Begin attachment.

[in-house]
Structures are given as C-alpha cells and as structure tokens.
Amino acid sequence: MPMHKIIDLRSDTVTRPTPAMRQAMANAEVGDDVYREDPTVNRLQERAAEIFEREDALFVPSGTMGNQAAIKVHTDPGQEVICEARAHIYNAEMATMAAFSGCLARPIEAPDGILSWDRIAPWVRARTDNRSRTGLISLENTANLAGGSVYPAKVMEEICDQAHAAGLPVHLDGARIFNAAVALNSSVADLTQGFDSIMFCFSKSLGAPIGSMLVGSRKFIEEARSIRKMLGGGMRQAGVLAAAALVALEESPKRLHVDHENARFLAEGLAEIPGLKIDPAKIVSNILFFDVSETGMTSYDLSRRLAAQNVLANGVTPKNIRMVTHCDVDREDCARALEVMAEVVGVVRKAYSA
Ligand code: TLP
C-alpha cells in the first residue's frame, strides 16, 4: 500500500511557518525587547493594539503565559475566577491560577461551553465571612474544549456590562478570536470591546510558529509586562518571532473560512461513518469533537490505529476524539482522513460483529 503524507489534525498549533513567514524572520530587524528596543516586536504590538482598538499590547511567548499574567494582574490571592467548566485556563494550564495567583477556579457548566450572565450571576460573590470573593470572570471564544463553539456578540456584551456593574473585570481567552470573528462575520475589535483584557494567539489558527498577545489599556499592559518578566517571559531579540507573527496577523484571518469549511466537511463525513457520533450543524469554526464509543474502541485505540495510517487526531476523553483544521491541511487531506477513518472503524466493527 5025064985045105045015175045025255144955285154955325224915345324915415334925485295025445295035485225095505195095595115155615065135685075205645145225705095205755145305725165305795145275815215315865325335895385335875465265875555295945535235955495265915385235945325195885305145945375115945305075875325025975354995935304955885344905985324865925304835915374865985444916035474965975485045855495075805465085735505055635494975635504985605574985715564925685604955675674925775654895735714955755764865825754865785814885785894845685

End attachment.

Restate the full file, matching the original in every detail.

[in-house]
Structures are given as C-alpha cells and as structure tokens.
Amino acid sequence: MPMHKIIDLRSDTVTRPTPAMRQAMANAEVGDDVYREDPTVNRLQERAAEIFEREDALFVPSGTMGNQAAIKVHTDPGQEVICEARAHIYNAEMATMAAFSGCLARPIEAPDGILSWDRIAPWVRARTDNRSRTGLISLENTANLAGGSVYPAKVMEEICDQAHAAGLPVHLDGARIFNAAVALNSSVADLTQGFDSIMFCFSKSLGAPIGSMLVGSRKFIEEARSIRKMLGGGMRQAGVLAAAALVALEESPKRLHVDHENARFLAEGLAEIPGLKIDPAKIVSNILFFDVSETGMTSYDLSRRLAAQNVLANGVTPKNIRMVTHCDVDREDCARALEVMAEVVGVVRKAYSA
Ligand code: TLP
C-alpha cells in the first residue's frame, strides 16, 4: 500500500511557518525587547493594539503565559475566577491560577461551553465571612474544549456590562478570536470591546510558529509586562518571532473560512461513518469533537490505529476524539482522513460483529 503524507489534525498549533513567514524572520530587524528596543516586536504590538482598538499590547511567548499574567494582574490571592467548566485556563494550564495567583477556579457548566450572565450571576460573590470573593470572570471564544463553539456578540456584551456593574473585570481567552470573528462575520475589535483584557494567539489558527498577545489599556499592559518578566517571559531579540507573527496577523484571518469549511466537511463525513457520533450543524469554526464509543474502541485505540495510517487526531476523553483544521491541511487531506477513518472503524466493527 5025064985045105045015175045025255144955285154955325224915345324915415334925485295025445295035485225095505195095595115155615065135685075205645145225705095205755145305725165305795145275815215315865325335895385335875465265875555295945535235955495265915385235945325195885305145945375115945305075875325025975354995935304955885344905985324865925304835915374865985444916035474965975485045855495075805465085735505055635494975635504985605574985715564925685604955675674925775654895735714955755764865825754865785814885785894845685